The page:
Show Me Your Struggle

Show Me Your Struggle

It's 8:15. The show starts at 8:30 but doors were at 8:00. Besides us three performers, there are seven people in the room. Three of them work here. Two more are related to me. The soundman asks when we want to start. "8:30", I tell him. His eyes shift around the empty room (the big empty room), then back to me. "So, 15 minutes?" he asks with a tone that states the obvious. "Yeah" I answer, my confidence rapidly leaking out onto the just-swept floor.


This story is hard for me to tell. It gets at the sick heart of my weakness. I am telling you how I feel failure

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I Am Not Winning

Can I offer you my weakness?

This morning I wear a five a clock shadow from a few days in the future. I am unkempt. Outside proof on inside struggle. 

I am not winning.

This Sunday at church, a woman both years and heartaches ahead of me in the faith tells me she is not winning these days. Those words. Not winning. They resonate. I know exactly their meaning. I know them like I know my own holes.

Amen, sister.

Not winning means life feels like a game. With odds. With opponents. With an outcome. With judgement.

Today I am barely holding the pieces of my little house together in a hurricane. Little winds, from every angle. Blowing and testing. I am full of holes and my weakness is whistling. But maybe the tune is beautiful. The storm has gotten a little too loud to hear my own music. So let me play it for you. Maybe the tune is familiar?

Last night I drop my daughter off at gymnastics. I leave no margin of error in my timeline and hit the Oilers crowd head on. Our route inches through that traffic like molasses through a sock. Then I make a wrong turn. I hit a closed road. We are late.

Far too often, I am late. I am that guy. I know this. I hate this. I am working on this. But I am not winning.

I leave to get gas (the light is on) and return to watch her. She is walking towards the car, holding back tears. No. Crying. She is too late and they won’t let her take part. She’s been waiting outside the gym for my return. Alone.

My crying daughter is the mascot of my team. I am not winning.

Life has become a circus act this past few months. Impressive to watch but exhausting to maintain.

A new art space launched. That takes some serious work. Body work and brain work. More work than I have time for. I’m grateful to have a team, but still there is plenty of work. We tore up our basement over the holidays so my house is in disrepair. Everything covered in a thin layer of drywall dust. No place to put a room full of disloged possessions. Days of work still ahead.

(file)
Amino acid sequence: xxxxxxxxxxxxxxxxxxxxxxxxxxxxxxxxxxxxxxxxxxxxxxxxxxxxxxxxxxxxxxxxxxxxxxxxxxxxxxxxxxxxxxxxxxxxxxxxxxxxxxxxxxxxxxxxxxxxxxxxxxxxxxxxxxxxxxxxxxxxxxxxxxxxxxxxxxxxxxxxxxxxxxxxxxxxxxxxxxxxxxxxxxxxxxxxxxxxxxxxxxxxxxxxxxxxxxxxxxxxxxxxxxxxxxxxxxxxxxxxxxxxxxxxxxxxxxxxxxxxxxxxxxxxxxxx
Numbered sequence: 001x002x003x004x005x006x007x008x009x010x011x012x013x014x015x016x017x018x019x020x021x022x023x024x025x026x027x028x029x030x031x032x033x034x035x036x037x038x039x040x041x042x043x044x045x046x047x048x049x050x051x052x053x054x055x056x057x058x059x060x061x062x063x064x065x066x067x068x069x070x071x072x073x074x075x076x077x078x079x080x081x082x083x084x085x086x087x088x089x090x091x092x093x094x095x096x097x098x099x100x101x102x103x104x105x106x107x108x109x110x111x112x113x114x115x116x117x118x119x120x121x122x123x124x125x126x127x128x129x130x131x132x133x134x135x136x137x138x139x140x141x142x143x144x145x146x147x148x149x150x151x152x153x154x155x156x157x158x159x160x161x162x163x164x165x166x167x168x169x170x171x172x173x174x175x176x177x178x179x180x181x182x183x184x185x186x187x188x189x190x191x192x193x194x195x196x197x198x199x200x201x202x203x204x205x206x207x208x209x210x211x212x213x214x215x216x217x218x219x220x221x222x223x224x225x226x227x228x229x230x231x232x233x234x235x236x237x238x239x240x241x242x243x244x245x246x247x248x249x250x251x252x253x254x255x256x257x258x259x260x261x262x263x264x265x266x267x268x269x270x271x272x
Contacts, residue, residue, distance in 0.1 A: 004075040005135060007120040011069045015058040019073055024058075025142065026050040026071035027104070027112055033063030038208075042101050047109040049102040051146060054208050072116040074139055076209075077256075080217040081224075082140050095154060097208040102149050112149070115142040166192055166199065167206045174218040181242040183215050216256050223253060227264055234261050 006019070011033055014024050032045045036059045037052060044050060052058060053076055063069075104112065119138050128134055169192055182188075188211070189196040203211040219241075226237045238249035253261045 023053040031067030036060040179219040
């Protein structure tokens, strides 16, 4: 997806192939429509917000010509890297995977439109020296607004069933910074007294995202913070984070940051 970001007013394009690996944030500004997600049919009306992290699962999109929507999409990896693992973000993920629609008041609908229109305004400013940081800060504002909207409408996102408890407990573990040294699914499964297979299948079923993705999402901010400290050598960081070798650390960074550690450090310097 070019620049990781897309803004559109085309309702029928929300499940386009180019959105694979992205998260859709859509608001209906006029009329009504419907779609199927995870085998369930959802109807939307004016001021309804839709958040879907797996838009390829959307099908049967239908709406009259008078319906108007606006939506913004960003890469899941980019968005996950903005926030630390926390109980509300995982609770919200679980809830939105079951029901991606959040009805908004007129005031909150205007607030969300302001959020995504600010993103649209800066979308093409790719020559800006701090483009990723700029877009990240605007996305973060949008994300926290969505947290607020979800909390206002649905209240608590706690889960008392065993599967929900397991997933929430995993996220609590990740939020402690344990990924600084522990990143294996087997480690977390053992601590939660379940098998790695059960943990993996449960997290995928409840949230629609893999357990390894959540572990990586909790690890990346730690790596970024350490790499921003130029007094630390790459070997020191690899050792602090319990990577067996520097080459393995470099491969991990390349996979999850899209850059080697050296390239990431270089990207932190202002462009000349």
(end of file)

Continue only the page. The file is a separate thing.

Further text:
There are the cars. More cars, more problems. Car number one has a battery I resuccitate only to watch it die again. 3 boosts in 2 days. Car number two–the one worth something–is damaged. We lent it to a relative who crashed it into another car. So that happened. The insurance adjuster will come today. There is a deductable to pay. Our rate may increase. We’ll have to take it in for repairs. All of this takes time. 

I don’t have time. I don’t have margins to deal with dead batteries and hockey traffic.

Time is at a premium today. My wife is waiting for a call about a job interview. I’m not sure how its going because she is working odd night shifts this week and we haven’t talked for more than 10 minutes. I am transitioning roles and schedules at work, made more difficult by the fact that I cannot actually get to work with a dead battery. Unless I walk. Which takes yet more time.  

A circus act is impressive, but you cannot stay on that wire forever. My plates are wobbling. The crowd gasps. I fall into the net.

I am not winning.

But this is life, not a zero-sum game. Enter grace.

I awake this morning with the pieces reset. Another chance to live in the balance. Maybe to win or maybe, by the grace of God and friends, to give up the game altogether. To stop keeping score. To simply be here, now, where I must be for a time.

That takes a lot of art, faith, hope and love. Good poetry to read. Good friends to visit. Prayers to pray and promises of care from my Bible. All help. All ringside recovery before the bell rings in the battle. Or the dance.

Lord, make this a dance. Make me a dancer.

We come home last night after my daugther’s tears have dried. I make the best of failure. We play Yahtzee and eat ice cream. By the end my kids are laughing silly. It’s all OK.

There was no final score. 

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